In the second section, the motion judge analyzed to what
extent the pension payout had already been equalized.
 In the motion judge’s view, the wife had relied on an unequalized pension value of $575,470: $843,603, the after-tax value
in the 2012 valuation, minus $268,133, the after-tax value in the
2007 valuation. The husband had submitted that, at most,
the unequalized value was $321,072:15 the difference between
the two after-tax pension values referred to in Mr. Norton’s 2007
valuation, namely, $589,205 (the after-tax value based on the
early retirement date) minus $268,133 (the after-tax value based
on the age 65 retirement date).
 The motion judge concluded that he could not rely on the
DSW valuation because it was too subjective and uncertain. Alt-
hough he had concerns about Mr. Norton’s opinion, he concluded
that he could accept it, subject to making a deduction for pre-
marriage service, which he found had been four and one-half
months. The motion judge concluded that the unequalized value
of the husband’s pension equated to $57,000 after tax over five
years, after deducting an amount for pre-marriage service [at
paras. 98, 99 and 101]:
It must be kept in mind that, to the extent that the pension has increased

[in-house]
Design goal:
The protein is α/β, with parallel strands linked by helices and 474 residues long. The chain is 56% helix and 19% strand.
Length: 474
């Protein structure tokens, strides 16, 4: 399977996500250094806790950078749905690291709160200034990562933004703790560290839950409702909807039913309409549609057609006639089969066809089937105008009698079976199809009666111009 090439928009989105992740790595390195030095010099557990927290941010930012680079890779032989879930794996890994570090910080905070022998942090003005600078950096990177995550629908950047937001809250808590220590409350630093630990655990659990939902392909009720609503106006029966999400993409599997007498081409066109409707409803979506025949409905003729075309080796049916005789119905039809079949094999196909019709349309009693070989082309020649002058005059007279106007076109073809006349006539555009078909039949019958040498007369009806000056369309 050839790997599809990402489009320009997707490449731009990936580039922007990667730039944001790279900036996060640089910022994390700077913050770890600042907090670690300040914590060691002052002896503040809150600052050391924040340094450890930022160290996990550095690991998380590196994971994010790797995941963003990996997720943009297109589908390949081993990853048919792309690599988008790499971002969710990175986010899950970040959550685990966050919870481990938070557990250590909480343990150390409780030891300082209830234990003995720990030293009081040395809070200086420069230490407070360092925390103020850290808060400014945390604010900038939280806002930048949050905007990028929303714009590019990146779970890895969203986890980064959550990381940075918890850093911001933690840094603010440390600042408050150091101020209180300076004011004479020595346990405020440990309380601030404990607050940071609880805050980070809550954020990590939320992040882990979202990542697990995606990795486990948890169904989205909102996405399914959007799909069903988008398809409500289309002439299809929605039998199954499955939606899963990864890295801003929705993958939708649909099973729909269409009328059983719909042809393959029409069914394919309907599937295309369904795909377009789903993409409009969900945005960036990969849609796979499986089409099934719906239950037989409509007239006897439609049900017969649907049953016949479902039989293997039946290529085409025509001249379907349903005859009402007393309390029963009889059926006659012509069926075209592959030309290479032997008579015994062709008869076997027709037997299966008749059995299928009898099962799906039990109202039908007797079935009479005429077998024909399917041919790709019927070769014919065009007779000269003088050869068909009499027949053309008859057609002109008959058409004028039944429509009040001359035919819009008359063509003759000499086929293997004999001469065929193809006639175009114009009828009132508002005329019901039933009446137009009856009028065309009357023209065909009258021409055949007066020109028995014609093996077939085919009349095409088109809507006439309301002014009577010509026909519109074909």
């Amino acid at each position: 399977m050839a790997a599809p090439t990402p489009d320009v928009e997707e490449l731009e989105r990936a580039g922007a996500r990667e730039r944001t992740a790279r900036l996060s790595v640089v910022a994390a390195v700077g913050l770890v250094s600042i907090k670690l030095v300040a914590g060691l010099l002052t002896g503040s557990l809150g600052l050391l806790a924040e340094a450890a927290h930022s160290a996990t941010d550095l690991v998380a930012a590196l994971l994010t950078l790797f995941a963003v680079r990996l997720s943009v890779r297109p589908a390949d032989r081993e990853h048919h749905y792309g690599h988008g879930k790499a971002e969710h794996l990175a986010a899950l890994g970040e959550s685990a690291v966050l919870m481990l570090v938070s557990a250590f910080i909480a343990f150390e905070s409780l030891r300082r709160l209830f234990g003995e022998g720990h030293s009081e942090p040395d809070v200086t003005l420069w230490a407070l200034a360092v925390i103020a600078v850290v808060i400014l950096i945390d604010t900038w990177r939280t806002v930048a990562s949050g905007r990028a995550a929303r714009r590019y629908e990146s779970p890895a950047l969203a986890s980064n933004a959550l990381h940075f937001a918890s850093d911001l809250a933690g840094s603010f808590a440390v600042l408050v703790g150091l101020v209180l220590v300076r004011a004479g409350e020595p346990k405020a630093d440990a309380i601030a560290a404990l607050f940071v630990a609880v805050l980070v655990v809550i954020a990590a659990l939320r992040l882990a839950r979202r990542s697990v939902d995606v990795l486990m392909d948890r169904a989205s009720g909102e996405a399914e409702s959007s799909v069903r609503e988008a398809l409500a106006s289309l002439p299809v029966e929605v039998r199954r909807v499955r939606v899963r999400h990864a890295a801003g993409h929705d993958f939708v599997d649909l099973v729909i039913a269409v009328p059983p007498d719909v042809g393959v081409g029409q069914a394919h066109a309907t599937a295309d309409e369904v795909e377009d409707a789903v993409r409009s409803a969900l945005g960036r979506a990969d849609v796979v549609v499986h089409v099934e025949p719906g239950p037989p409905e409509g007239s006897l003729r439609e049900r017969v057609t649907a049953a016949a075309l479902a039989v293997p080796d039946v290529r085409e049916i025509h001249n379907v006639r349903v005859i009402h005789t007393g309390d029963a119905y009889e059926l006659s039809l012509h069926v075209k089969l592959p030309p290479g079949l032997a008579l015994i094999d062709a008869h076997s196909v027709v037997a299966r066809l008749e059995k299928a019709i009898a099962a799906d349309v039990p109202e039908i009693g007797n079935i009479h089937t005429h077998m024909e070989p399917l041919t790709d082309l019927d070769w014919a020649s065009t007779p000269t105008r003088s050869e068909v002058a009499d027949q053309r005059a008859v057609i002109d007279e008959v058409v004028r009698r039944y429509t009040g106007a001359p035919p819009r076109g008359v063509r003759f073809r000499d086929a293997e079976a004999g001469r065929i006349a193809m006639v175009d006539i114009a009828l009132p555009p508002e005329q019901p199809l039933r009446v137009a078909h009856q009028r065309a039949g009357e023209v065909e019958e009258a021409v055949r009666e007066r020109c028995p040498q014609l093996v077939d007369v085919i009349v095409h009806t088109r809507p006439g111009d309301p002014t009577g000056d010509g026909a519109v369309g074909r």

in value, [the wife] is only entitled to claim against half of it. If the full value
that we now have had been added to [the husband’s] net family property at
separation, [the wife] would only get a credit for half of it.
And finally, the increased amount is being paid out over five years.
So the amount to vary spousal support over those years becomes less
. . . . .
. . . Result
I find that the value of the unequalized portion of [the husband’s] pension
is $575,470 after-tax or $57,000 annually over 5 years, after deducting an
amount for pre-marriage service.
 In the third section, the motion judge analyzed to what
extent he should rely on the Guidelines if the wife’s spousal support was to be varied. After referring to this court’s caution in
Gray v. Gray (2014), 122 O.R. (3d) 337,  O.J. No. 4519,
2014 ONCA 659, at para. 45, about “apply[ing] the [Guidelines]
wholesale” where complicating factors exist, such as variations
based on post-separation increases in a payor’s income, the
motion judge concluded, at para. 106, that,
15 The motion judge’s reasons say $321, 720, but this is an obvious typographical error.